OpEd – Psst, do you want to know a secret?

Moultrie News
By Judy Dunbar

You are cordially invited to visit the “secret” Butterfly Garden tucked away next to Mount Pleasant’s Marsh View Trail, which is part of 57 acres permanently protected via a conservation easement held by East Cooper Land Trust. It’s located down a winding road between the Mount Pleasant Waterworks (MPW) on 1619 Rifle Range Rd. and behind the Whitesides Elementary School. Although the habitat is somewhat hidden, the trip is well worth the effort since it also includes a dog park, a canopy of old oaks, Wax Myrtles, Long Leaf Pines and Yaupon Hollies. Plus, a quarter-mile paved path leads you to an expansive view of the marsh and salt flats. So, bring along your best friend and the two of you (or more) will enjoy nature at its finest.

During the spring of 2012, East Cooper Land Trust partnered with several local groups and individuals, including famed Lowcountry author Mary Alice Monroe, to create a beautiful Butterfly Garden at the beginning of the Marsh View Trail. The goal was to not only attract butterflies to the area but provide a learning opportunity for those interested in butterflies and their habitat. Through example, their goal continues to focus on how specific native plants can be used for hosting (laying eggs) or feeding (providing nectar) butterflies, moths and hummingbirds. All agree that support for our little pollinator friends is important for survival.

Since January 2017, care for the garden has been initiated by friends and family of Jackie Ashbaugh, plus Master Gardeners. Meeting most Wednesday mornings, the like-minded volunteers get together to identify existing plants, introduce new ones, prune bushes, and contain those that spread, along with the continuous digging and raking. Weeds had been an enormous problem, particularly since butterflies can’t tolerate chemical control. Newspapers, cardboard and mulch were put down to cover those areas to remediate the problem – with great success. Volunteers have also powerwashed the benches and arbors, painted the Information Board and supplied laminated information cards about southeastern birds and butterflies. Along with their time, contributions included spring bulbs, and Canna Lilies, Society Garlic, Yarrow, and Echinacea divisions, plus Mexican sunflowers from their own gardens to enhance the environment. Future hopes consist of developing a compost area and adding native grasses and plants to add protection for our pollinators on a year-round basis.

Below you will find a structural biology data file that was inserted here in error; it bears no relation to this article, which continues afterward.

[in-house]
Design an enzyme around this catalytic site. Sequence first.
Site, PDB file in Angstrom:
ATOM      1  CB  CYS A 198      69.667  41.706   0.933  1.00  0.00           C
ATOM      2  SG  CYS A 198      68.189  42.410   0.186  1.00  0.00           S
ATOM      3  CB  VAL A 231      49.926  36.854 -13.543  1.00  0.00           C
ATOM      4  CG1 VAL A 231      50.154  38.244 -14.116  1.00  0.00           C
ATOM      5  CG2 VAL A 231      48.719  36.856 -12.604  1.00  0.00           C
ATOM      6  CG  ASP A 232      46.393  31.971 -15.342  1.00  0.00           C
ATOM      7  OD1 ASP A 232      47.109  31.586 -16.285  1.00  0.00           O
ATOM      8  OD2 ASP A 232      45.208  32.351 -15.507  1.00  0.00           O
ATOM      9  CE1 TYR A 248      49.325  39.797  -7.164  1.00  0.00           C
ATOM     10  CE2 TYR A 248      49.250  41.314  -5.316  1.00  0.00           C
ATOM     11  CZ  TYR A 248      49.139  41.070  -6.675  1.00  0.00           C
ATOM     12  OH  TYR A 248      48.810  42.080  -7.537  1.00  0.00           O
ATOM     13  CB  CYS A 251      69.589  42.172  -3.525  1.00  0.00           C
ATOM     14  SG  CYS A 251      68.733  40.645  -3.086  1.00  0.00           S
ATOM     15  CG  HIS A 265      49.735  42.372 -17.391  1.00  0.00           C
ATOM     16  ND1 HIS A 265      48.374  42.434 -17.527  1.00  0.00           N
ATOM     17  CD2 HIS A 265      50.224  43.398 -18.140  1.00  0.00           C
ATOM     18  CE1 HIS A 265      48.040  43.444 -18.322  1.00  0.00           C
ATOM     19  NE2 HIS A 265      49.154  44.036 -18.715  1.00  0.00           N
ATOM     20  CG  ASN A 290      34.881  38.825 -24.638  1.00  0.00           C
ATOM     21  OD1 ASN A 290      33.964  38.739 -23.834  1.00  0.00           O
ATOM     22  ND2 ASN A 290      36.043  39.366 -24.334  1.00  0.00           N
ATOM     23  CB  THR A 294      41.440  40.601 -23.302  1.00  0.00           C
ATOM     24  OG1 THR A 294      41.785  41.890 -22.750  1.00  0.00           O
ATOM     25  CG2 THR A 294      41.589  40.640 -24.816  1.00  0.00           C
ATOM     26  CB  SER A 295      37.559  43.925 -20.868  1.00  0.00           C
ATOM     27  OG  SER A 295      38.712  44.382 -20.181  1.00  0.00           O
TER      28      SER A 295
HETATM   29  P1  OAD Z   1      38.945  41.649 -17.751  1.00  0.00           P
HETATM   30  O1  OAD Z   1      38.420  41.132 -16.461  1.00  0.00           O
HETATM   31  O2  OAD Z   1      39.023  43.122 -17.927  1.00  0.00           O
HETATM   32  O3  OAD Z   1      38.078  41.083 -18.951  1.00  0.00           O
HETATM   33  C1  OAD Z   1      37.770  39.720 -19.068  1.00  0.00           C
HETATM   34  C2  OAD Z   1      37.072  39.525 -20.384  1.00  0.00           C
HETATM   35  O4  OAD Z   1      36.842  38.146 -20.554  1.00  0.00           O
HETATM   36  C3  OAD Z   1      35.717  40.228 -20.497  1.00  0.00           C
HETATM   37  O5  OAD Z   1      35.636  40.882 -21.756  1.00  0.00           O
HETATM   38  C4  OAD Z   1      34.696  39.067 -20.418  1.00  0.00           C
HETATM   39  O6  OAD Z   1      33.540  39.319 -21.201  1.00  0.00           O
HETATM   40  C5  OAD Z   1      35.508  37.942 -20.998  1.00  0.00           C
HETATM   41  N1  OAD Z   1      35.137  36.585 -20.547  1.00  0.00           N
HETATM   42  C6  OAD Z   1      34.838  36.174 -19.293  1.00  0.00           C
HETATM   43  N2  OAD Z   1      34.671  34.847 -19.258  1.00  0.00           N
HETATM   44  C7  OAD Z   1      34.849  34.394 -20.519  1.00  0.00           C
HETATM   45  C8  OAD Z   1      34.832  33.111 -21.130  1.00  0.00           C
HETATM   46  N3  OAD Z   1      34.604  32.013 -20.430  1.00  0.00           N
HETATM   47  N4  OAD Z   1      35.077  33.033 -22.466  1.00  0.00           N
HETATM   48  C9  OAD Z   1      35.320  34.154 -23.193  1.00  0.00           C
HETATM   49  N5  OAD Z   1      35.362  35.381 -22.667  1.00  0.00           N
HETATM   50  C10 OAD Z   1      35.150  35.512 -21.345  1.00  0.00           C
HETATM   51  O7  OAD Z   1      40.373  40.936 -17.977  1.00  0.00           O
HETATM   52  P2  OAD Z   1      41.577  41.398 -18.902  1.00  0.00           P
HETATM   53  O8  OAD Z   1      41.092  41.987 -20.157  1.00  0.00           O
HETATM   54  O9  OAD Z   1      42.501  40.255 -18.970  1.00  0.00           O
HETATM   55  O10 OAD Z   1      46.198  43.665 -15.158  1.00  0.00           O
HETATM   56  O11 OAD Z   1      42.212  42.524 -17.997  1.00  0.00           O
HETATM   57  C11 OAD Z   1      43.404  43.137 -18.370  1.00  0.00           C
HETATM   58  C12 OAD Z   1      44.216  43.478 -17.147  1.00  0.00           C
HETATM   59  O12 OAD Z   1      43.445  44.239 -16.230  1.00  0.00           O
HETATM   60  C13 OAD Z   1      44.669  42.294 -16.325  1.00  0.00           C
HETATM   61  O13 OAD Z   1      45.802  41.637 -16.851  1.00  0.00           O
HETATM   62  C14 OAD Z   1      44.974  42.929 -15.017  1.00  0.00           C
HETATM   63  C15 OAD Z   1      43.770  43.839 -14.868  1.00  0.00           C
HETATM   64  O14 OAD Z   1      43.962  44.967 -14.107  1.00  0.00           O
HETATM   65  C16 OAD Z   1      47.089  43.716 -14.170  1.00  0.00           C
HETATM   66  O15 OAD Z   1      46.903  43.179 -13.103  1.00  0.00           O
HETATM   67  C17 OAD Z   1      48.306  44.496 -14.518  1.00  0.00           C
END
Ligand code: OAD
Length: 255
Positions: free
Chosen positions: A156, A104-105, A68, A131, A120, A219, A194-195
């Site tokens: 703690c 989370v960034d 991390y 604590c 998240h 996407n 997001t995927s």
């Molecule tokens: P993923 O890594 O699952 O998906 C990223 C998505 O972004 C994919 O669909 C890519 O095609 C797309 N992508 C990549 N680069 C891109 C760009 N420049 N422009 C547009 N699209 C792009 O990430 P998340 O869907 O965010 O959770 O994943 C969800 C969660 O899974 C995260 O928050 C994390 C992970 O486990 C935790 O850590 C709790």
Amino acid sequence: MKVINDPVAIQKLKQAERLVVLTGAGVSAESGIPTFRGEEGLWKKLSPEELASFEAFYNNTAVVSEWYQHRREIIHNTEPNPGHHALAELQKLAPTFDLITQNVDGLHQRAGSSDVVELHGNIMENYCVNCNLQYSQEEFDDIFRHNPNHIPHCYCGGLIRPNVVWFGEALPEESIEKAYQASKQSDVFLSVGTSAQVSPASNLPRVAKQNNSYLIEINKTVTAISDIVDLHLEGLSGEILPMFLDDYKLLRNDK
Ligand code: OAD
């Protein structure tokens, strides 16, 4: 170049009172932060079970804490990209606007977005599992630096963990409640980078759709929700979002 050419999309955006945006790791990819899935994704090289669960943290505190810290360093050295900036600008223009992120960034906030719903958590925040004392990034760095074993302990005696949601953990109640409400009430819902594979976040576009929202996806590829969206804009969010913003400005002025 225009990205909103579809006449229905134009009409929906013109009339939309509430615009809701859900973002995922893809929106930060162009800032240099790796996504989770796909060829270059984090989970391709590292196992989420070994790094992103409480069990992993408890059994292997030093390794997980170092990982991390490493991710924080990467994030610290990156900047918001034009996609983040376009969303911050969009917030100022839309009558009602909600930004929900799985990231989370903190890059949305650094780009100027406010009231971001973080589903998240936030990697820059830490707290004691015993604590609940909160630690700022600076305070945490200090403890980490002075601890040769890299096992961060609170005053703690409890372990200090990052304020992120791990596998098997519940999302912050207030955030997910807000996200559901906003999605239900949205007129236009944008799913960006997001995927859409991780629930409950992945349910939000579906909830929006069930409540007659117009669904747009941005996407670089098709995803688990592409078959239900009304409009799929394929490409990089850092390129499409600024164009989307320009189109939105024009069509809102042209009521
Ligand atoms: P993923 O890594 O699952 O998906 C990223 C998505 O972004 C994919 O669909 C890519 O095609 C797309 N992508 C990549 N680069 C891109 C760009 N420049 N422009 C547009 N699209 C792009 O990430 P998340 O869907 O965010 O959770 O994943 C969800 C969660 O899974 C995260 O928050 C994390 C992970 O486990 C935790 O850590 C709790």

Support for the garden comes from a variety of sources. MPW supplies our water (drip lines were replaced with more efficient low-pressure irrigation heads) and hauls away our debris on an as needed basis. Mount Pleasant Tree Service provided free mulch for our pathway. Both the Native Plant Society and the Master Gardener’s Board contributed much appreciated funds in the form of grants.

As well as providing a refuge to our pollinator friends, people ranging in age from the very young to the elderly enjoy the garden. Whitesides Elementary School students, having observed the metamorphosis of Monarchs in their classroom, come to the habitat for the final stage to watch as the chrysalides split open, butterflies emerge, dry, harden and spread their wings before flying away. Another day, a Brownie Troop created basking rocks for the pollinators. Later, families arrived for a tour and left with Milkweed to plant in their own gardens. And finally, it’s been rewarding to watch seniors saunter through this natural setting. Future endeavors include The Butterfly Fling, sponsored by the East Cooper Land Trust, to be held in October.

As you can see, there’s no excuse for you (and your friends) not to visit this little oasis and enjoy one of Mount Pleasant’s best-kept secrets.

– Host Plants – Parsley, Fennel, Dill, Milkweed, Willow, Passion Vine, Yellow Senna, Carrot, Pipe vine, Spice Bush, Snap Dragon, Verbena and Asters